I think Fraser's serve was every bit as good as Kramer's serve. He didn't have quite the power, but, he had a bigger kick and he was a lefty. Having said that Stan Smith had a bigger, better serve than either of them. I can't imagine a greatest serve list without Stan Smith high in the mix.
PS: Wherever you would rank Newcombe's serve, Smith's serve should be at least one place above that!
I guess we will have to disagree on Newcombe and Smith's serves respectively. Either way, both of their serves were very close in effectiveness in their primes.
You could be right about Fraser's serve. Many rank his serve as one of the best ever but so many also rank Kramer's serve as the best ever also.
I think, the discussion depends mainly, how you can isolate a single shot or see the effectiveness in the combination with other shots. Newcombe subsided his serve with one of the best punch forehand volleys in the game, also his second serve was one of the best alltime (similar to Sampras), as was his big forehand. In this context i would prefer his serve ahead of that of Stan Smith.
Kramer is a bit of an enigma for me. I have seen not that much of him. The clips from his Wimbledon wins in 1947 indicate, that he primarily played from the baseline before turning pro. From what i have read, not unlike Newcombe, the combination of his serve and volley and his big forehand was deadly in his day.
I would agree with everything you wrote. Kramer was actually similar to Newcombe in several other ways, as with Newcombe, Kramer is considered to have one of the best second serves of all time. He had a strong kick serve plus a great sharp angle slice serve. You add that he had great power in his flat first serve and that's pretty great. Kramer was also considered a great volleyer, not quite on the level of a Sedgman but great with, as with John Newcombe, his forehand volley being his best volley.
Pancho Segura wrote in one of his books that Kramer and Newcombe won the most sets with just one service breaks that he had ever seen so they also have that in common.
You asked for some confirmation about the greatness of Stan Smith's serve. Perhaps you overlooked these posts:
So, now you have the opinion of one player who has seen many if not most of the players on your list play live, and you have a former World class player who has actually played against the top players of the 60's and 70's who says that Smith was the toughest to play because of his serve.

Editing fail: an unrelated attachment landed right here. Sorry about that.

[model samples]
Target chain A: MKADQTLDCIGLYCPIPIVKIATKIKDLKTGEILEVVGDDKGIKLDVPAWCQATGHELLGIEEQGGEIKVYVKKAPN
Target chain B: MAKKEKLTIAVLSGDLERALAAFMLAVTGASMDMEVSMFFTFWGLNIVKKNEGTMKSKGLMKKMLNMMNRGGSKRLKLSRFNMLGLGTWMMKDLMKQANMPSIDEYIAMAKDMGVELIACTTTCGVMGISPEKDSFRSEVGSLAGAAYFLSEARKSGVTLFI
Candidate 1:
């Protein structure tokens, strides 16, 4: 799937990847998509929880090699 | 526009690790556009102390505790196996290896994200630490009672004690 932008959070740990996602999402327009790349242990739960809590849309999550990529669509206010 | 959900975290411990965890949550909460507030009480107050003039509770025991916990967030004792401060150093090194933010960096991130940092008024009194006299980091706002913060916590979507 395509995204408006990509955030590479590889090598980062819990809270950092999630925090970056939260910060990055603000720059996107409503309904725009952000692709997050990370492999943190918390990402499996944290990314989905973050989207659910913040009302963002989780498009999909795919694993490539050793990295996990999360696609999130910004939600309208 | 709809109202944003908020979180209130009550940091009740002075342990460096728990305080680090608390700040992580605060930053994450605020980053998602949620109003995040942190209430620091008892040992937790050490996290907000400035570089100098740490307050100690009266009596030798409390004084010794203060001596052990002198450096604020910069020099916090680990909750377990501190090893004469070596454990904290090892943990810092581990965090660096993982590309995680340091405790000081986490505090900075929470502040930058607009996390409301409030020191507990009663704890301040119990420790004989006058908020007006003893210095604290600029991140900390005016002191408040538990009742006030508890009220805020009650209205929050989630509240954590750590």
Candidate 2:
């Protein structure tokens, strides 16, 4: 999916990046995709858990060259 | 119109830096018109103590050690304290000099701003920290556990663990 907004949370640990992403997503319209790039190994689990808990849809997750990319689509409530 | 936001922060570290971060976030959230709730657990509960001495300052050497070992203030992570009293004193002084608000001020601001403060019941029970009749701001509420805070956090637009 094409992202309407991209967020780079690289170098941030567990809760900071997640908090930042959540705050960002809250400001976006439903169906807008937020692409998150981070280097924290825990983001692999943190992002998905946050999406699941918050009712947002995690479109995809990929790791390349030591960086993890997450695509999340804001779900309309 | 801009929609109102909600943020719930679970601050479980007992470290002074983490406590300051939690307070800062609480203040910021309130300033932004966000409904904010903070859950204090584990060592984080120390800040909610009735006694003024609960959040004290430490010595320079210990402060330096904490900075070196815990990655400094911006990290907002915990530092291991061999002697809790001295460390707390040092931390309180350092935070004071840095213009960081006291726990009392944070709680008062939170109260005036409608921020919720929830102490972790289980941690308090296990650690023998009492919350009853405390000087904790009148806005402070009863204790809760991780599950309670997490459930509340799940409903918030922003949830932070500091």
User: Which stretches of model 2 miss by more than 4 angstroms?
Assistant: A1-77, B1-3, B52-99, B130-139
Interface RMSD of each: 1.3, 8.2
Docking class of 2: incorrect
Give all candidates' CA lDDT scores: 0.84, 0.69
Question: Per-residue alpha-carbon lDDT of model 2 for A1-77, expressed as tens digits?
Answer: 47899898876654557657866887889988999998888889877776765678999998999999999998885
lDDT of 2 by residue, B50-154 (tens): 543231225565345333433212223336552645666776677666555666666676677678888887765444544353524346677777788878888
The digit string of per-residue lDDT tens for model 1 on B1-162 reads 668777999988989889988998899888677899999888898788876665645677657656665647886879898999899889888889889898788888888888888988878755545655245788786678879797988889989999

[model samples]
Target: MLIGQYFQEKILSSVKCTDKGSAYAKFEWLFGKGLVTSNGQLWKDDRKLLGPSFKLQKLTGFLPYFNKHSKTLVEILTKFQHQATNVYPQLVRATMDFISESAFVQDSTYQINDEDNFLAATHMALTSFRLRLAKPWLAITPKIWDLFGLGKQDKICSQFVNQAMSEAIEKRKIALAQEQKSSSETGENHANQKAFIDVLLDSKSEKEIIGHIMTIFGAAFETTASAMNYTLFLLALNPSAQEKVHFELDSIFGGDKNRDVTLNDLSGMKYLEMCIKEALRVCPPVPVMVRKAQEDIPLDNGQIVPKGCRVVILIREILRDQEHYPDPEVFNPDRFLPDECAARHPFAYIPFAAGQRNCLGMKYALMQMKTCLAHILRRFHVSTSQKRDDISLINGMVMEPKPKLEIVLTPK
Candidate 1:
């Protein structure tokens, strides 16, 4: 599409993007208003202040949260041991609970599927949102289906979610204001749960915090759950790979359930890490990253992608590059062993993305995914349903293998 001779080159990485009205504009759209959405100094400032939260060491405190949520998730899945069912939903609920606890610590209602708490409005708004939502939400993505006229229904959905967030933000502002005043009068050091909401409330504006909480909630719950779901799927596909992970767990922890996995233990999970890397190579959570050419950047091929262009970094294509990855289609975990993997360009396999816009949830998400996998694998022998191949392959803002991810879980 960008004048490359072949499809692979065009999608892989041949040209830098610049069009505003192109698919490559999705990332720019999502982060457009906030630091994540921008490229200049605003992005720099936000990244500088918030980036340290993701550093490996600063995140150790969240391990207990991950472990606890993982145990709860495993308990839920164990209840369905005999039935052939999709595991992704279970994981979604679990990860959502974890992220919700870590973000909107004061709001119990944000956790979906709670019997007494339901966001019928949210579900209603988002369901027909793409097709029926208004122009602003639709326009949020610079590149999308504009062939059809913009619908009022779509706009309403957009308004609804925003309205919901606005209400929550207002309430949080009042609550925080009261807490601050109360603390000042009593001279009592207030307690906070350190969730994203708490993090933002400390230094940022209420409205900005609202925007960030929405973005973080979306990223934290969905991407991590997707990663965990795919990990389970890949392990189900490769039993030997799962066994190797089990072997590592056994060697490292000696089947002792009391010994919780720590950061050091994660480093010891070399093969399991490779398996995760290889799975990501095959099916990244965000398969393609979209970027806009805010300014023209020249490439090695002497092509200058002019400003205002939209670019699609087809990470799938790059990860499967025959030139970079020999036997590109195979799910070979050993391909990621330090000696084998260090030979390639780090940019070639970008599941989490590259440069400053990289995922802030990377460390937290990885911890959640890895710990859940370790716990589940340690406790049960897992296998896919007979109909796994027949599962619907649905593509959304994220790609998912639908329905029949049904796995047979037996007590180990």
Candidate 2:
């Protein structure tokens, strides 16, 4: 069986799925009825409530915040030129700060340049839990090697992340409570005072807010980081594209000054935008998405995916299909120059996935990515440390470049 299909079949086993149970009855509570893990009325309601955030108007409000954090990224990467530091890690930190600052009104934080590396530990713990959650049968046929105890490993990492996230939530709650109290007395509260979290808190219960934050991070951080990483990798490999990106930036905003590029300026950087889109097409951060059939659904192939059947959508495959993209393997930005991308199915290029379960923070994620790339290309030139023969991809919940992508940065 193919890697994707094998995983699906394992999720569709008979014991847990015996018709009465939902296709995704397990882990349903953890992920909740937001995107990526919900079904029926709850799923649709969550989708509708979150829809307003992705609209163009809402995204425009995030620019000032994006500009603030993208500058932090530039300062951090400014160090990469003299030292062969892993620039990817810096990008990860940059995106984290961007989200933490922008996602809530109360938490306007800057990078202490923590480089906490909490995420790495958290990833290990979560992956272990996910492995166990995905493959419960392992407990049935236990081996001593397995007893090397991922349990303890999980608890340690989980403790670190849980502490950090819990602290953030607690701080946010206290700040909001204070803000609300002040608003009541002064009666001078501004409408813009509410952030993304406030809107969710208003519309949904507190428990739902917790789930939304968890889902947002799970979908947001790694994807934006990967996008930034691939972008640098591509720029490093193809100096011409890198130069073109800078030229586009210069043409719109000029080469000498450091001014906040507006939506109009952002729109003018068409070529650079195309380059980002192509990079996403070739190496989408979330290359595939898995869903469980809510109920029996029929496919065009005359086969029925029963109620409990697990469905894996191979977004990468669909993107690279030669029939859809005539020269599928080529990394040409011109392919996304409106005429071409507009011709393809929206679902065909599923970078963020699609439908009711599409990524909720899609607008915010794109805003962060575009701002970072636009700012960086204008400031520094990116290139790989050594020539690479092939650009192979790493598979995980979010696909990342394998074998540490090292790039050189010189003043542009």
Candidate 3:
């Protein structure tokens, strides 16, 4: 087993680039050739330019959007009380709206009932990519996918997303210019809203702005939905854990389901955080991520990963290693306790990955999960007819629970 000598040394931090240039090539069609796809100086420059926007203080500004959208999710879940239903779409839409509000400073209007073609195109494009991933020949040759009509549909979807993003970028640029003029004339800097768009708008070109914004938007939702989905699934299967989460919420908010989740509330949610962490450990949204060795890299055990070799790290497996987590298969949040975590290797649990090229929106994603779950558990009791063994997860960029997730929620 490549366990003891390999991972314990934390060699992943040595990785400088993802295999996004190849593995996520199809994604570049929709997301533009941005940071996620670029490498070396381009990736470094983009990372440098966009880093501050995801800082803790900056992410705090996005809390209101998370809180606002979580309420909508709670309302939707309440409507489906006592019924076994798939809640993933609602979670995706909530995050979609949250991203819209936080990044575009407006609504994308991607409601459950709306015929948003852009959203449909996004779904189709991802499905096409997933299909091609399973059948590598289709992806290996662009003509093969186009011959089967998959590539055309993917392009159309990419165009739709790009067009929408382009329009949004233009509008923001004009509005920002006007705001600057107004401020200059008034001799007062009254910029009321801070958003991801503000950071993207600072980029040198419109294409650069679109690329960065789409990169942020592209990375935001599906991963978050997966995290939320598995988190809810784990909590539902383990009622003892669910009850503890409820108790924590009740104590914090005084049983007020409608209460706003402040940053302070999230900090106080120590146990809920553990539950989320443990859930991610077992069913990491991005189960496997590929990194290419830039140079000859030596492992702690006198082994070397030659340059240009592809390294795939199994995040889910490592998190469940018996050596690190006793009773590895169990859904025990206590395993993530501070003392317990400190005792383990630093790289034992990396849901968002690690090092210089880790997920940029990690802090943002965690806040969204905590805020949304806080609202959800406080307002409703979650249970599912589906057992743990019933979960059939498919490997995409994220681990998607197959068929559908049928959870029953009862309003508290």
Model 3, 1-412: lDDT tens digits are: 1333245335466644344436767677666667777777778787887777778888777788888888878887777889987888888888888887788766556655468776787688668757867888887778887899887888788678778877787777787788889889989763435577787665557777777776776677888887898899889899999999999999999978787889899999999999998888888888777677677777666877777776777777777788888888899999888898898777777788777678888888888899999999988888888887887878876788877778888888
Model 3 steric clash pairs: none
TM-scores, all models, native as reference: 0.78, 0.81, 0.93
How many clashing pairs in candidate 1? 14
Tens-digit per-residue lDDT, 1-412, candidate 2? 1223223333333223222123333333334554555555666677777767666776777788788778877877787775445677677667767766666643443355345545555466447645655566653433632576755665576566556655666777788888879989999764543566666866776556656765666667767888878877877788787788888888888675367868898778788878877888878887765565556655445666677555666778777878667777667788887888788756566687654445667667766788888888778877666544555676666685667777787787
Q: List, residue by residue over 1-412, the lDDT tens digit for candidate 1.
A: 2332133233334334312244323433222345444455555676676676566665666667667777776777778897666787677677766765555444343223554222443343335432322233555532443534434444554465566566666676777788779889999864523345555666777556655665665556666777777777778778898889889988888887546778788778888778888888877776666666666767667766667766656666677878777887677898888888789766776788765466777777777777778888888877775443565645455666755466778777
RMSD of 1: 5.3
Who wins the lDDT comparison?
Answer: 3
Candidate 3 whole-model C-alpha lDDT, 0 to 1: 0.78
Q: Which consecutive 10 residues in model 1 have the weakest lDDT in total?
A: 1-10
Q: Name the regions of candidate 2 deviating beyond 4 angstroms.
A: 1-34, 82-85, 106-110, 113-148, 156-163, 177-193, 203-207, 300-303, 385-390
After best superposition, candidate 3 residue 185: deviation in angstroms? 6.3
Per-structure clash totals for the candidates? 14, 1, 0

Once again, IMO, wherever you rank Newcombe's serve, Smith's serve has to be at least one place above him.
PS: I didn't see your latest question about Froehling, and I can't find it at this point.
As for Dick Stockton, he did have a great smash, as did Ken Rosewall. But, IMO, his serve was not of an all time great calibre. It was a very good serve, nothing more. Stockton's strength was that he had a complete game with no real weaknesses, and he was nearly Borg like in his focus and competitiveness. But, he didn't have any real weapons from what I saw. He was certainly an underacheiver as a pro considering his standout junior and collegiate records.
The difference between Smith and Newcombe in this context is that Smith won major championships primarily on the greatness of his serve. Newcombe won because of his whole game. He had better groundstrokes on both sides, better volleys on both sides (although Smith's net game was just as good because of his size and ability to take full advantage of it), and Newcombe was more versatile. He was one of the all time great touch/dink players as he demonstrated against Connors.
The veteran American Art Larsen said that Lew Hoads serve was faster than Roddicks, Hoad is not on any ones list. TomWill.
Hoad belongs on the list I believe.
Don't have the time to reply to everyone. Just a bump. Will follow up later.
Isner is coming on strong. And anyone dare to rank now the recently departed Ljubicic?
I'm very impressed with Isner's serve but it's a little early to rank him. Even red clay doesn't seem to slow the effectiveness of his serve much.
For discussion purposes this is one of the best threads I've seen here by the way.
Both, Kramer and Newcombe should be much higher.
Newcombe serve was superior because of the great quality of his second ball.Let´s also add John Sadri and Bob Seguso in the list.
Panatta had also a great serve, with very high %.Not inferior´s to Noah, IMO.
I've seen the both. IMO, Smith's first and second serve were better than Newk's, as great as Newk's serve was.
Frawley,Alexander,Dent,Edmondson,Pecci,Teacher,Stockton,Sadri,Pfister,Amaya,Noah,Denton,Hooper,Panatta,Buehning,Curren and, of course, Mc Enroe and Roscoe Tanner.Plenty of great services in the late 70´s-early 80´s.
I know, but since last year he's had some big results--not least of all a top 10 ranking which I thought would be out of reach for someone with his return game. No doubt that's largely due to that monster serve of his.
Thanks, pc1. Really appreciate it.
BTW no one wants to dissect Ljubicic's serve? Hate to sound like a broken record but he and Flipper probably should be on the list somewhere.